According to a recent worldwide research, climate change is having a growing influence on the structure of the Earth's atmosphere, which may drive planes to fly higher to escape turbulence.

(Photo : Getty Images)


The study, published in the journal Science Advances, uses decades of weather balloon data and specialized satellite measurements to calculate the amount to which the tropopause-the top of the lowest layer of the atmosphere-is increasing.

Decades Long Weather Balloon Data

According to weather balloon data, the tropopause has been steadily increasing in height since 1980 at a rate of roughly 58-59 meters each decade.

Human-induced warming of the lower atmosphere is responsible for 50-53 meters each decade.

Even as the influence of stratospheric temperatures has lessened, this tendency has remained, suggesting that warming in the troposphere is having an increasingly significant impact.

"This is unmistakable evidence of altering the atmospheric structure," said Bill Randel, a co-author of the new study and a scientist at the National Center for Atmospheric Research.

Related Article: NASA Currently Working on Greener Aviation for Climate-Friendly Air Travel

Rising Tropopause

(Photo : Pixabay)


The height of the tropopause has risen during the last two decades, according to satellite data gathered since 2000.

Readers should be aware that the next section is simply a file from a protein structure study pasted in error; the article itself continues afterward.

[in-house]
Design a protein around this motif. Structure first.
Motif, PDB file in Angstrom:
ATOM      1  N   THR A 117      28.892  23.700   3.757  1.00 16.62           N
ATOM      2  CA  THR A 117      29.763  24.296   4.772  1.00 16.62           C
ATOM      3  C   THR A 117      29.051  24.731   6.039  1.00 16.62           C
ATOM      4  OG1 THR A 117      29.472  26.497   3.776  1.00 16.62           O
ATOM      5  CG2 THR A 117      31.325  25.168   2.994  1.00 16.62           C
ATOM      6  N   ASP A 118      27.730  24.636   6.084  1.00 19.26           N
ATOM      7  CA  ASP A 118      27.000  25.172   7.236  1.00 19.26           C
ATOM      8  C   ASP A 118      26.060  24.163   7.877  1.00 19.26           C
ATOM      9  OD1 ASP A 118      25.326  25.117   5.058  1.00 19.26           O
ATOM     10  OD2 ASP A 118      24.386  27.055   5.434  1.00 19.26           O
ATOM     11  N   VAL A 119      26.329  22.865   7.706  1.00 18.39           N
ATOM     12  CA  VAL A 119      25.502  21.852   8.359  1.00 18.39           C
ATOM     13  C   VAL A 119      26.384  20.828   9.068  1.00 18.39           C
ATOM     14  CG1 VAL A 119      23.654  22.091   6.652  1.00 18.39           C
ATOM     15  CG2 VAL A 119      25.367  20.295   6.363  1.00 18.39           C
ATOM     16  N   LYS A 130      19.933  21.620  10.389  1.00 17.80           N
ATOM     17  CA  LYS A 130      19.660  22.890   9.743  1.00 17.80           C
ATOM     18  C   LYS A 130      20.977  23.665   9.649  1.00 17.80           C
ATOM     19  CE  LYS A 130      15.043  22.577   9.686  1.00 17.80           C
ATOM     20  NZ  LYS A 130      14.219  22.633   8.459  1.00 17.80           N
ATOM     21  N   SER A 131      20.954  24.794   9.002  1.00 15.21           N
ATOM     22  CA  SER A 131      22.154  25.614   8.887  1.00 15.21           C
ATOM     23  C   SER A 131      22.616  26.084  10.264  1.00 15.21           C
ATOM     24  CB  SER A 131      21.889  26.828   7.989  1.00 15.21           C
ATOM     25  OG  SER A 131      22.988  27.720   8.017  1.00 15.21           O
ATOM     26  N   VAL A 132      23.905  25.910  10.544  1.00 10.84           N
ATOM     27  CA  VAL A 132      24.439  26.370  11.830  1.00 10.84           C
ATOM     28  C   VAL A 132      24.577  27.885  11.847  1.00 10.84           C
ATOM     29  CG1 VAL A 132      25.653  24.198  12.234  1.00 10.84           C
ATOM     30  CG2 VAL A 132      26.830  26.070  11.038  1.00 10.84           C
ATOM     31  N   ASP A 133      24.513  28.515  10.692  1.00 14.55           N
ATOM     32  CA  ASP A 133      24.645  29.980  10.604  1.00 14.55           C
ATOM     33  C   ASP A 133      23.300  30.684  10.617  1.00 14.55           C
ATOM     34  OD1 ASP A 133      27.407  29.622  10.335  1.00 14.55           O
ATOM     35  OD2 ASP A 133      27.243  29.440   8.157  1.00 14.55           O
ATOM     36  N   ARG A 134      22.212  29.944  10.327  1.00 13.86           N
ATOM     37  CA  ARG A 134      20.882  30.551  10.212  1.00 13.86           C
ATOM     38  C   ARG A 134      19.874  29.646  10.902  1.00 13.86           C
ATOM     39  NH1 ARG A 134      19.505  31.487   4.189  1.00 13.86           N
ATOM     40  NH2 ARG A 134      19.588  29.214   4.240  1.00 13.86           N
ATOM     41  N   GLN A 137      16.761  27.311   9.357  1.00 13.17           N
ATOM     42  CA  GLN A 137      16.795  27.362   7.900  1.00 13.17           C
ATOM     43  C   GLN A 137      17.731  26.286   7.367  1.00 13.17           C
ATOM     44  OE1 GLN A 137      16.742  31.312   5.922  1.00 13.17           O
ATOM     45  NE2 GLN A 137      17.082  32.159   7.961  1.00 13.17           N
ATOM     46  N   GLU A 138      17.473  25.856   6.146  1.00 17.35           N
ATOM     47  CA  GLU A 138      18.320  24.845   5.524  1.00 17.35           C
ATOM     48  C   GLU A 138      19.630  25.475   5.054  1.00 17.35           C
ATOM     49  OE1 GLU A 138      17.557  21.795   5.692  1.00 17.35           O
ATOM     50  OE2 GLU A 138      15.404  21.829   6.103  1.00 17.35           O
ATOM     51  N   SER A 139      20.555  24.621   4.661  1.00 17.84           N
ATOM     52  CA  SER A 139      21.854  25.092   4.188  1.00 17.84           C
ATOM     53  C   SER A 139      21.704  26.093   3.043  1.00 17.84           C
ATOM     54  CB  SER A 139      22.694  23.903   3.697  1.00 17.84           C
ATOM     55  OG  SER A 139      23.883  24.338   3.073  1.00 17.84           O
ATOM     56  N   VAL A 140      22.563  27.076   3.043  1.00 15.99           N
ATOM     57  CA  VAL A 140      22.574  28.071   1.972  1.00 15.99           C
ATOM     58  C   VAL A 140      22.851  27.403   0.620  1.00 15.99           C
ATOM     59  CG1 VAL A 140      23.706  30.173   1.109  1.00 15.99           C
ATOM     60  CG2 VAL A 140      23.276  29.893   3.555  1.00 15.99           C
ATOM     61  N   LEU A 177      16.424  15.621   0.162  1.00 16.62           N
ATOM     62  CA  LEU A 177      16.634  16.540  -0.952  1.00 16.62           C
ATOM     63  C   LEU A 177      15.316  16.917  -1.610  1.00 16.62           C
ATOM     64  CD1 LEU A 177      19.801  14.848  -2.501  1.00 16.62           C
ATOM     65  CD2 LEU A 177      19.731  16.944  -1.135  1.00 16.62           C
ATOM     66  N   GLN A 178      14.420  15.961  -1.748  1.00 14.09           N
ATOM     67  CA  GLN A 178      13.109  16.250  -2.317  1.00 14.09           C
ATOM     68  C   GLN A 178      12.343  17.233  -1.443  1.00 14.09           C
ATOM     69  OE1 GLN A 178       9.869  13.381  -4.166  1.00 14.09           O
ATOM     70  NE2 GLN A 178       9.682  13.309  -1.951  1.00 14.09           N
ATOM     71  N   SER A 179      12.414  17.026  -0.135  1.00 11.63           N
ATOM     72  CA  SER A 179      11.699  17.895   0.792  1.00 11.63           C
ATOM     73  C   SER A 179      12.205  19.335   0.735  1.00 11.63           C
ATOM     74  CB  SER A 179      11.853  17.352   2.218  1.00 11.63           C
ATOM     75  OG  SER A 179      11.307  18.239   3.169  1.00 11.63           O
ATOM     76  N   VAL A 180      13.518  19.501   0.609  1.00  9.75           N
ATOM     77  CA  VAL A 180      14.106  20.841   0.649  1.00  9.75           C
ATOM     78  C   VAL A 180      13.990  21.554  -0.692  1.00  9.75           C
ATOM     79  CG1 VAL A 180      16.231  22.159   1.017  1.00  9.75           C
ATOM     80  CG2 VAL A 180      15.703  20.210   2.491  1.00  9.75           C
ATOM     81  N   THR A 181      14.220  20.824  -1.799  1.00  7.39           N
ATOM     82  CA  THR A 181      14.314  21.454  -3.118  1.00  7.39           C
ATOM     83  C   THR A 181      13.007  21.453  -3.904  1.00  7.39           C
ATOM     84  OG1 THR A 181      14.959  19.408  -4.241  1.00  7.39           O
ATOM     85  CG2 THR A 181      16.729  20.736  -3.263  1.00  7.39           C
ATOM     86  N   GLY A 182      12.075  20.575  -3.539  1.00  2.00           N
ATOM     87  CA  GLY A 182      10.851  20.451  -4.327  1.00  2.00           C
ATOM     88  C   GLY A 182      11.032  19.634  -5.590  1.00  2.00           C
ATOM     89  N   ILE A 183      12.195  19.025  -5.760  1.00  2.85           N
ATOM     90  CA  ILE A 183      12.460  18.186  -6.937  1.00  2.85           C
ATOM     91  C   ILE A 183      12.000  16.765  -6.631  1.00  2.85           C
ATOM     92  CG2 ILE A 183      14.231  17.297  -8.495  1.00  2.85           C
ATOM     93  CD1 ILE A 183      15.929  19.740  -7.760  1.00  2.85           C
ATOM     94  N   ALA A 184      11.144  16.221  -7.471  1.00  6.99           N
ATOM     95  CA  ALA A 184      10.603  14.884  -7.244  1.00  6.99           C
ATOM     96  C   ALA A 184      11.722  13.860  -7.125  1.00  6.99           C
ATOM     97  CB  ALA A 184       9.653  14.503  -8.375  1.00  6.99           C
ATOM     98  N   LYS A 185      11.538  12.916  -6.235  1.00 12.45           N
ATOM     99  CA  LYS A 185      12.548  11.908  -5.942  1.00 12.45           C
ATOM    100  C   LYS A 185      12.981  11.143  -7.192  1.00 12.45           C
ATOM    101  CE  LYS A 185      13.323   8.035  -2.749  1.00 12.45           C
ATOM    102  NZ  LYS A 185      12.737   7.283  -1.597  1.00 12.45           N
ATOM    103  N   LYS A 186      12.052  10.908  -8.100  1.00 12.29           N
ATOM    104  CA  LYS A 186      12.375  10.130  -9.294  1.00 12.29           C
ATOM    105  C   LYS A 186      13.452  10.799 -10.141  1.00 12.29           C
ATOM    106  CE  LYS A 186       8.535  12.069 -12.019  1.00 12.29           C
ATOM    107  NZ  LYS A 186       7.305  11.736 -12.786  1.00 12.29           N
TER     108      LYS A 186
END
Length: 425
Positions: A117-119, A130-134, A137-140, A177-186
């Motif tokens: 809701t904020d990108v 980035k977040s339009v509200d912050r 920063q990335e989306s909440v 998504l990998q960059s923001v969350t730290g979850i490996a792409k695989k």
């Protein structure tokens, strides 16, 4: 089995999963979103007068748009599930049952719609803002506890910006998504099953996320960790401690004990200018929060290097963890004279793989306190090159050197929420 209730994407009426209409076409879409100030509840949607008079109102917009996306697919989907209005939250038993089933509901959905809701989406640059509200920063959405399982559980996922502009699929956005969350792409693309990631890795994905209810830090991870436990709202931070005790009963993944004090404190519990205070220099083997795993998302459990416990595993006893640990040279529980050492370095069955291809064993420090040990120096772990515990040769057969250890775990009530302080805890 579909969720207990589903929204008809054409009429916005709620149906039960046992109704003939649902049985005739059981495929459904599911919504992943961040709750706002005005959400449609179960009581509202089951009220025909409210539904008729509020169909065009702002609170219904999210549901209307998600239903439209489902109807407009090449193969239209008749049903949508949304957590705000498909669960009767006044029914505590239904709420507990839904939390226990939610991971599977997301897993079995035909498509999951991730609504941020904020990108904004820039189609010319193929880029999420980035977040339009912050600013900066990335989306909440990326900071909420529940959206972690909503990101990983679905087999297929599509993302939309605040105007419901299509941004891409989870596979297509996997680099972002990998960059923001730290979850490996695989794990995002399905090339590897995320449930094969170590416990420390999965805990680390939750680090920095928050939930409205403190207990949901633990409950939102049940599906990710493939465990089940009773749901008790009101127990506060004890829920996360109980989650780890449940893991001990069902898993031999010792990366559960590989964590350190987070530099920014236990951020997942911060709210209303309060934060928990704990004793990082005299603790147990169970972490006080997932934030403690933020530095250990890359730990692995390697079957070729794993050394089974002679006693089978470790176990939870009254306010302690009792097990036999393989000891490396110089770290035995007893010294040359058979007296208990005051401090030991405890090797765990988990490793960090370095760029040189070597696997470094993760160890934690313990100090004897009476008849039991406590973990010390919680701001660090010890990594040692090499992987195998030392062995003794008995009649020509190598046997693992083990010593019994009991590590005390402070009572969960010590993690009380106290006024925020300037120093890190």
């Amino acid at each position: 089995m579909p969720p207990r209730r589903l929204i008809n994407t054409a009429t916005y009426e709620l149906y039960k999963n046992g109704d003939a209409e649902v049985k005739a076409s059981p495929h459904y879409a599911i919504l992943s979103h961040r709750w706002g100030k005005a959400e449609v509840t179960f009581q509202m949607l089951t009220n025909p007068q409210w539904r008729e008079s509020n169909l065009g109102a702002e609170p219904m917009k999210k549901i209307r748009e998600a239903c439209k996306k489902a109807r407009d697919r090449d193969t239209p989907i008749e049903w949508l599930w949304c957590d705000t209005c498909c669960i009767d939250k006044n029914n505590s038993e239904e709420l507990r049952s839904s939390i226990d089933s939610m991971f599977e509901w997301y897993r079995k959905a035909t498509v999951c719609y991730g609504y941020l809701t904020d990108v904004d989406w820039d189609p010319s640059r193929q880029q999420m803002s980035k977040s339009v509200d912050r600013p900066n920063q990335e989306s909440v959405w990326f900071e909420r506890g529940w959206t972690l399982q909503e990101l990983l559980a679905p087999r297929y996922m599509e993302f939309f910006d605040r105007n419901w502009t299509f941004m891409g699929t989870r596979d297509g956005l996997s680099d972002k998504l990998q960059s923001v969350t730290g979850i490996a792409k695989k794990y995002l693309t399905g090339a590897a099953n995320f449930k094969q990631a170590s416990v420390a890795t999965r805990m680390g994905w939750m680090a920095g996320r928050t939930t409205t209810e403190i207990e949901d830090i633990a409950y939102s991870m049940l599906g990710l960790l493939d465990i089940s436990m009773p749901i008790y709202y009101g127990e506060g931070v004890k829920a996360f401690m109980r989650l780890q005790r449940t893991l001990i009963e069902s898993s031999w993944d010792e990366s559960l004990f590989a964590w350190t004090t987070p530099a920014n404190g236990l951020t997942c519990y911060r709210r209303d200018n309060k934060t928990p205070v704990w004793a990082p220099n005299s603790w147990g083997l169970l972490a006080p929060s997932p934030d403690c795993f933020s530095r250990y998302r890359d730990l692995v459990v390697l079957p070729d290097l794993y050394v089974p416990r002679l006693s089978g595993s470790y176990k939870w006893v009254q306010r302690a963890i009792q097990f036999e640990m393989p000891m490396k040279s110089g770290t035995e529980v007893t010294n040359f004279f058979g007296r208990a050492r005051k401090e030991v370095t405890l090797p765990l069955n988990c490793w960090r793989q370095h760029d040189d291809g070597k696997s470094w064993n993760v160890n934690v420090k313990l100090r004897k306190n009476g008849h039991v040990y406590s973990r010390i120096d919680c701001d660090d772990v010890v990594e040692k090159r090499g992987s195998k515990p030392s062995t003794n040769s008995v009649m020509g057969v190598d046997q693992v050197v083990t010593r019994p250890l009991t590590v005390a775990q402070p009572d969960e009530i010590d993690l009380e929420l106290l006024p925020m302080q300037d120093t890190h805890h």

"These findings, in addition to all other evidence of climate change, give independent assurance that greenhouse gases are transforming our atmosphere," Randel added.

The tropopause, an atmospheric zone that separates the dense and turbulent troposphere from the upper and more stable stratosphere, varies in height depending on the season, from roughly 5 miles above the Earth's surface in the poles to 10 miles at the equator.

Commercial pilots who often fly in the lower stratosphere to minimize turbulence are interested in the tropopause's location. It also plays a role in severe thunderstorms, when overshooting tops can pull the tropopause higher and suck down air from the stratosphere.

Influencing Climate Factors

The constantly growing height of the tropopause in recent decades has had little influence on society or ecosystems, but it does highlight the overall effects of greenhouse gas emissions.

Tropopause has been proven to be increasing in previous scientific investigations. This was due not just to climate change but also to stratospheric cooling induced by ozone depletion gases.

The depletion of the stratospheric ozone layer led these gases to shrink the stratosphere, while subsequent curbs on their release have resulted in lower atmospheric quantities of these gases.


(Photo : Pixabay)


While experts are unsure how a rising tropopause would affect the climate or weather, they believe it will compel planes to fly higher in the sky to avoid turbulence.

Randel explained, "The study catches two major ways that people are affecting the atmosphere." "Emissions of greenhouse gases are rapidly affecting the height of the tropopause, even as civilization has succeeded in stabilizing conditions in the stratosphere by reducing ozone-depleting chemicals."

Also Read: France Aims to Cut Emissions By Banning Short Flights

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